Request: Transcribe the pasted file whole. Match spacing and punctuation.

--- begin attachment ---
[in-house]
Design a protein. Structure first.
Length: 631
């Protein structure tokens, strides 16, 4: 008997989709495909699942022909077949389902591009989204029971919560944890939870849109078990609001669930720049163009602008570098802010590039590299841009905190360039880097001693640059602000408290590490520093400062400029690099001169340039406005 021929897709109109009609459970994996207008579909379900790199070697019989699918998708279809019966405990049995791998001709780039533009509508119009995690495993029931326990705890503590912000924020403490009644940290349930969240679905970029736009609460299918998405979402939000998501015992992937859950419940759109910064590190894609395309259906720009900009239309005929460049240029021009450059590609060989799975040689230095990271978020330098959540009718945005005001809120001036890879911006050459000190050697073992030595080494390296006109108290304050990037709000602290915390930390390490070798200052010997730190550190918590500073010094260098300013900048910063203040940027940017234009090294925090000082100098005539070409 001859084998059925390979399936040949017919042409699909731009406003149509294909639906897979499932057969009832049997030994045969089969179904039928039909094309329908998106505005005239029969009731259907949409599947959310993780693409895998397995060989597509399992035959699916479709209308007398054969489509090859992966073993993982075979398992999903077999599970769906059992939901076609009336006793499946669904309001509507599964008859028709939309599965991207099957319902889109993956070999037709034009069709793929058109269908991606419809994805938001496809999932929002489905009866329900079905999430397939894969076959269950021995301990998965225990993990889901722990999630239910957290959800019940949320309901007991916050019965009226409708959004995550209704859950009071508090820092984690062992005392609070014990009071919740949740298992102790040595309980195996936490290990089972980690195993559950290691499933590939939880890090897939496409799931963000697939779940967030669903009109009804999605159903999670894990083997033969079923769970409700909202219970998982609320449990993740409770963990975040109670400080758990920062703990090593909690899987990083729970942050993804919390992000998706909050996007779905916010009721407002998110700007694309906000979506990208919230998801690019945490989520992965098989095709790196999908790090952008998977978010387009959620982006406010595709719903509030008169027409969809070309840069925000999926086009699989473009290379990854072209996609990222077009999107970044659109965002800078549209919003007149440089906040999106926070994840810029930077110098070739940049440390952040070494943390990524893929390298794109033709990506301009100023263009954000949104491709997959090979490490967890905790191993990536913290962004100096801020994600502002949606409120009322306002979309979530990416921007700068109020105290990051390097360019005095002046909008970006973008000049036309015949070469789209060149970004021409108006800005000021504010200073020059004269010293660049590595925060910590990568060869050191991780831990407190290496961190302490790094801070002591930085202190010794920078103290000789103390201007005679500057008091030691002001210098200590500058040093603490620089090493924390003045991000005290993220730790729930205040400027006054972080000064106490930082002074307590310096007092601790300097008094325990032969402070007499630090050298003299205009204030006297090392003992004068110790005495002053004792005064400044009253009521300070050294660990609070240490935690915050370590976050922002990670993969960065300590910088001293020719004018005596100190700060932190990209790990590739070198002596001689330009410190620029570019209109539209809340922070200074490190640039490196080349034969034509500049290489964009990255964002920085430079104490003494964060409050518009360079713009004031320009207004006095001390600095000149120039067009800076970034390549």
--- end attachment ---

[in-house]
Design a protein. Structure first.
Length: 631
């Protein structure tokens, strides 16, 4: 008997989709495909699942022909077949389902591009989204029971919560944890939870849109078990609001669930720049163009602008570098802010590039590299841009905190360039880097001693640059602000408290590490520093400062400029690099001169340039406005 021929897709109109009609459970994996207008579909379900790199070697019989699918998708279809019966405990049995791998001709780039533009509508119009995690495993029931326990705890503590912000924020403490009644940290349930969240679905970029736009609460299918998405979402939000998501015992992937859950419940759109910064590190894609395309259906720009900009239309005929460049240029021009450059590609060989799975040689230095990271978020330098959540009718945005005001809120001036890879911006050459000190050697073992030595080494390296006109108290304050990037709000602290915390930390390490070798200052010997730190550190918590500073010094260098300013900048910063203040940027940017234009090294925090000082100098005539070409 001859084998059925390979399936040949017919042409699909731009406003149509294909639906897979499932057969009832049997030994045969089969179904039928039909094309329908998106505005005239029969009731259907949409599947959310993780693409895998397995060989597509399992035959699916479709209308007398054969489509090859992966073993993982075979398992999903077999599970769906059992939901076609009336006793499946669904309001509507599964008859028709939309599965991207099957319902889109993956070999037709034009069709793929058109269908991606419809994805938001496809999932929002489905009866329900079905999430397939894969076959269950021995301990998965225990993990889901722990999630239910957290959800019940949320309901007991916050019965009226409708959004995550209704859950009071508090820092984690062992005392609070014990009071919740949740298992102790040595309980195996936490290990089972980690195993559950290691499933590939939880890090897939496409799931963000697939779940967030669903009109009804999605159903999670894990083997033969079923769970409700909202219970998982609320449990993740409770963990975040109670400080758990920062703990090593909690899987990083729970942050993804919390992000998706909050996007779905916010009721407002998110700007694309906000979506990208919230998801690019945490989520992965098989095709790196999908790090952008998977978010387009959620982006406010595709719903509030008169027409969809070309840069925000999926086009699989473009290379990854072209996609990222077009999107970044659109965002800078549209919003007149440089906040999106926070994840810029930077110098070739940049440390952040070494943390990524893929390298794109033709990506301009100023263009954000949104491709997959090979490490967890905790191993990536913290962004100096801020994600502002949606409120009322306002979309979530990416921007700068109020105290990051390097360019005095002046909008970006973008000049036309015949070469789209060149970004021409108006800005000021504010200073020059004269010293660049590595925060910590990568060869050191991780831990407190290496961190302490790094801070002591930085202190010794920078103290000789103390201007005679500057008091030691002001210098200590500058040093603490620089090493924390003045991000005290993220730790729930205040400027006054972080000064106490930082002074307590310096007092601790300097008094325990032969402070007499630090050298003299205009204030006297090392003992004068110790005495002053004792005064400044009253009521300070050294660990609070240490935690915050370590976050922002990670993969960065300590910088001293020719004018005596100190700060932190990209790990590739070198002596001689330009410190620029570019209109539209809340922070200074490190640039490196080349034969034509500049290489964009990255964002920085430079104490003494964060409050518009360079713009004031320009207004006095001390600095000149120039067009800076970034390549």